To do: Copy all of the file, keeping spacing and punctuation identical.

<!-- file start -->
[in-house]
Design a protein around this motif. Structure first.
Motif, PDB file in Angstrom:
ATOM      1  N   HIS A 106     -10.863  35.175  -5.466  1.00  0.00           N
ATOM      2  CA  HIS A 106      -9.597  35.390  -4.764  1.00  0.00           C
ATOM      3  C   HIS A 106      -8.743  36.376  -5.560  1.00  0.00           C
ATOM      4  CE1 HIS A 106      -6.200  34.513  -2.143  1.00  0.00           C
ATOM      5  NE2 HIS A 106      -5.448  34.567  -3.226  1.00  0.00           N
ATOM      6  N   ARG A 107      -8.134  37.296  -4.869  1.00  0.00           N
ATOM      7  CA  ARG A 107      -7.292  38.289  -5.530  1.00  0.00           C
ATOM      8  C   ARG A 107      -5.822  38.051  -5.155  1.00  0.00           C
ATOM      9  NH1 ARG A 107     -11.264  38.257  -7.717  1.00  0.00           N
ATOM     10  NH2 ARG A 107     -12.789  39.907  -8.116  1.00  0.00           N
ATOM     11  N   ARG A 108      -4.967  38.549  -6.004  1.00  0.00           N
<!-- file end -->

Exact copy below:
[in-house]
Design a protein around this motif. Structure first.
Motif, PDB file in Angstrom:
ATOM      1  N   HIS A 106     -10.863  35.175  -5.466  1.00  0.00           N
ATOM      2  CA  HIS A 106      -9.597  35.390  -4.764  1.00  0.00           C
ATOM      3  C   HIS A 106      -8.743  36.376  -5.560  1.00  0.00           C
ATOM      4  CE1 HIS A 106      -6.200  34.513  -2.143  1.00  0.00           C
ATOM      5  NE2 HIS A 106      -5.448  34.567  -3.226  1.00  0.00           N
ATOM      6  N   ARG A 107      -8.134  37.296  -4.869  1.00  0.00           N
ATOM      7  CA  ARG A 107      -7.292  38.289  -5.530  1.00  0.00           C
ATOM      8  C   ARG A 107      -5.822  38.051  -5.155  1.00  0.00           C
ATOM      9  NH1 ARG A 107     -11.264  38.257  -7.717  1.00  0.00           N
ATOM     10  NH2 ARG A 107     -12.789  39.907  -8.116  1.00  0.00           N
ATOM     11  N   ARG A 108      -4.967  38.549  -6.004  1.00  0.00           N